Uh, yeah.

The scenes are depressing enough without now having to worry that they're also realistic! Oy. Maybe I'm just accustomed to more rose-coloured portrayals of sexuality in my preferred TV/movie watching? I don't think I'm crazy (old, sure)--the women on the show so far seem to be getting the worst of some effed up situations. Would be nice of one of them at least had an orgasm or something......anyhoo, I'm still interested in seeing the rest of the season.

I like everything I've read about Lena Dunham; I can't help but notice that the way she writes sex for women on Girls seems the same as in her film Tiny Furniture. Just---ugh. Is it just too real for me? No, I'm not that jaded, I just wish it were a little more balanced.

In this Salon piece she says guys she's spoken too found the scenes very disturbing; moreso than women. In a way I can see that; mostly if I were a guy watching it, thinking that it was an accurate reflection of how sex is transacted in the modern age, mostly I'd just worry that the women were going to close up shop completely in protest. Anyway, as a woman, I'd like to reassure Dunham that the sex scares me too!

Thursday, May 24, 2012

Slutwalk Toronto Friday May 25--more blah blah blah

Slutwalk is tomorrow evening. Originally I had lots of criticisms of it, I'm sort of coming around now. My issue isn't with the use of the word "slut"; I understand the concept of 'reclaiming' a term that's been used as a perjorative. I think that's probably a good thing. But in a way this isn't really turning the word on its ear exactly, since I guess the idea is to dress like a stereotypical 'slut' to challenge the assumptions that go along with that.
Nor is my issue the obvious one; that this march, it's messaging etc aren't necessarily that well understood by the average person who sees the march. Unless the point of it is 'we'll wear what we fucking want' in which case, yeah, I guess that message would be understood.
I read a good piece in Bitch magazine last year. They had a pro and a con side discussing the slutwalk phenomenon. I found some coverage from last fall on Racialicious.  Mainstream women's movements have always been criticized for ignoring class and race issues; obviously Slutwalk has the same issues. I don't know if POC have embraced the walk in Toronto or NYC for that matter. I do think it's interesting to consider the implications of 'taking back the word'. I understand well that to subvert of reclaim the meaning of the word 'slut' would be empowering to some women. However, that belief is from my own experience: I haven't been called a 'slut' much in my life at all. Regardless of my behaviour, this label isn't one I've had to deflect, ignore or labour with in any way. It's an academic exercise for me. But for women of colour or working class women, or ANY other women for that matter, may have a different relationship to the word. A relationship that would make them leery of taking it on for ANY reason at all.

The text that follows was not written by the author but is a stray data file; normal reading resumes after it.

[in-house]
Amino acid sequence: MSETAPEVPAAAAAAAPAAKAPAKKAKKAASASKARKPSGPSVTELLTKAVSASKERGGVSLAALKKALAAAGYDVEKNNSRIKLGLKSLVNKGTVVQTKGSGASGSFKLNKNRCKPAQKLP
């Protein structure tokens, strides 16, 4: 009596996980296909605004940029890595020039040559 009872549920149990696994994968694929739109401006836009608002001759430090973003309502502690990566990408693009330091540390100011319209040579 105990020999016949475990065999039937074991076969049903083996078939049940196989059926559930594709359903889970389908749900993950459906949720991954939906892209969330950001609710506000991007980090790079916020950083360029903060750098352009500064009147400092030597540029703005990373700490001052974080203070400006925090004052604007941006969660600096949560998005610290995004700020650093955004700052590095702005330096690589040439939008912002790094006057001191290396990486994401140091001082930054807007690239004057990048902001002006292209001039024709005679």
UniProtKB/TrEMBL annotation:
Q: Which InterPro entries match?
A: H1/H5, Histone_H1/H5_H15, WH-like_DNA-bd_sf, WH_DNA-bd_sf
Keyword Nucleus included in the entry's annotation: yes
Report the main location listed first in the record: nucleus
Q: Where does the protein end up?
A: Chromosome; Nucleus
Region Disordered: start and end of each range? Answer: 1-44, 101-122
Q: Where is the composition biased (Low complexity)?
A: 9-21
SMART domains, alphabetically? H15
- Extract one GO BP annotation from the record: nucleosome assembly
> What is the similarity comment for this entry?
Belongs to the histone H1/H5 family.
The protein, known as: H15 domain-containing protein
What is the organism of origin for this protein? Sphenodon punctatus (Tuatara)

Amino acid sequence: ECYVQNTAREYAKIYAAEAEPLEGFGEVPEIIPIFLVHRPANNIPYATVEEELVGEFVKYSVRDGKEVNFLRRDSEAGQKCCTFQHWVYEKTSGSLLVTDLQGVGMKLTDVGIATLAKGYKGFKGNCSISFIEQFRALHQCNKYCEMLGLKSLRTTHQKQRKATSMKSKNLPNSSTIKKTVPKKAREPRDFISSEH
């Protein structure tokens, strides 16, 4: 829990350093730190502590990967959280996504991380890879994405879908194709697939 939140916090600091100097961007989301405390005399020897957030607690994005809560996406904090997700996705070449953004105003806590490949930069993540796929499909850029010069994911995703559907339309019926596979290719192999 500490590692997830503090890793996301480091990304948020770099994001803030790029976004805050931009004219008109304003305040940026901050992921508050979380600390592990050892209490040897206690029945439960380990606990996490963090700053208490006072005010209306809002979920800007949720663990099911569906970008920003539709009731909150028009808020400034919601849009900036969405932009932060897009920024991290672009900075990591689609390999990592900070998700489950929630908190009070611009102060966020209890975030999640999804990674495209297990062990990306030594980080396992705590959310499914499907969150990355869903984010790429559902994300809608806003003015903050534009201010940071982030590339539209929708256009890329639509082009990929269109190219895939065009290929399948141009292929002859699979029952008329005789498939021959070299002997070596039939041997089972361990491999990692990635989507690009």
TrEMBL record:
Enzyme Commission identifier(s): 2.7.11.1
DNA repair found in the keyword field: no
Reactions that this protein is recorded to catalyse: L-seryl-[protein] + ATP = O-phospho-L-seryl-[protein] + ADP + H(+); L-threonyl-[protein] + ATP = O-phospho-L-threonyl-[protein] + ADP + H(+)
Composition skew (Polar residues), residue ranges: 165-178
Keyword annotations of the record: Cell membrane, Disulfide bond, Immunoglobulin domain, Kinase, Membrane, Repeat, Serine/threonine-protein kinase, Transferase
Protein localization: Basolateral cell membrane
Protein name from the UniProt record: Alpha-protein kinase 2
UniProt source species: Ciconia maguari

But last week I read some more stuff online about the walk and I'm sort of coming around in a way. I do believe that any way to encourage an open narrative about sexual assault, issues of implied and overt consent to sexual attention, and victim-blaming, should be welcomed anytime in any context. 
The thing I don't like about it is it's still a discussion about women's clothes. I'm not sure that this discussion is best served by more analysis of what women wear and what messaging is implied by their sartorial choices. I think it's reductionist and it misses the point completely. This discussion should be about men; their actions, consequences for their actions; and for god's sake leave women's clothing choices out of it for once!